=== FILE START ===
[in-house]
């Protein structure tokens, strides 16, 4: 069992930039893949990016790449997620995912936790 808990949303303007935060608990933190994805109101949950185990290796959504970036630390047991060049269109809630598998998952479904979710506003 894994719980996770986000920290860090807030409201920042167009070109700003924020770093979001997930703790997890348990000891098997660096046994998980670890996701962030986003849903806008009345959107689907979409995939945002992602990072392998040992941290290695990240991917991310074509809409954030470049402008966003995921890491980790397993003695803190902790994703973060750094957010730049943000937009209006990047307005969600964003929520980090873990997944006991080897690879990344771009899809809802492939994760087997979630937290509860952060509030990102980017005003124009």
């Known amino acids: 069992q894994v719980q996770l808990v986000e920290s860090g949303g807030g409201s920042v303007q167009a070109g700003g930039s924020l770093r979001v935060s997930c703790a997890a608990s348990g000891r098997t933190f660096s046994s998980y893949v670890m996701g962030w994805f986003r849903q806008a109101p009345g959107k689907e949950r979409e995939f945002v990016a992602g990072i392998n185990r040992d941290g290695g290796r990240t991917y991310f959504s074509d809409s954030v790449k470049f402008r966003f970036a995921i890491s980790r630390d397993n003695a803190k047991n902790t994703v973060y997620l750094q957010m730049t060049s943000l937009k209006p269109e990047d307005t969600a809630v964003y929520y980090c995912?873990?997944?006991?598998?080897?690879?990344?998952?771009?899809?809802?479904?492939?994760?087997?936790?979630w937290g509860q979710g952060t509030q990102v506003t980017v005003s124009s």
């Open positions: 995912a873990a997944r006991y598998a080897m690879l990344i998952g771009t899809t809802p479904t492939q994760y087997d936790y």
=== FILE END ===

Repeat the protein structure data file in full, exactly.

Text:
[in-house]
């Protein structure tokens, strides 16, 4: 069992930039893949990016790449997620995912936790 808990949303303007935060608990933190994805109101949950185990290796959504970036630390047991060049269109809630598998998952479904979710506003 894994719980996770986000920290860090807030409201920042167009070109700003924020770093979001997930703790997890348990000891098997660096046994998980670890996701962030986003849903806008009345959107689907979409995939945002992602990072392998040992941290290695990240991917991310074509809409954030470049402008966003995921890491980790397993003695803190902790994703973060750094957010730049943000937009209006990047307005969600964003929520980090873990997944006991080897690879990344771009899809809802492939994760087997979630937290509860952060509030990102980017005003124009």
């Known amino acids: 069992q894994v719980q996770l808990v986000e920290s860090g949303g807030g409201s920042v303007q167009a070109g700003g930039s924020l770093r979001v935060s997930c703790a997890a608990s348990g000891r098997t933190f660096s046994s998980y893949v670890m996701g962030w994805f986003r849903q806008a109101p009345g959107k689907e949950r979409e995939f945002v990016a992602g990072i392998n185990r040992d941290g290695g290796r990240t991917y991310f959504s074509d809409s954030v790449k470049f402008r966003f970036a995921i890491s980790r630390d397993n003695a803190k047991n902790t994703v973060y997620l750094q957010m730049t060049s943000l937009k209006p269109e990047d307005t969600a809630v964003y929520y980090c995912?873990?997944?006991?598998?080897?690879?990344?998952?771009?899809?809802?479904?492939?994760?087997?936790?979630w937290g509860q979710g952060t509030q990102v506003t980017v005003s124009s």
């Open positions: 995912a873990a997944r006991y598998a080897m690879l990344i998952g771009t899809t809802p479904t492939q994760y087997d936790y």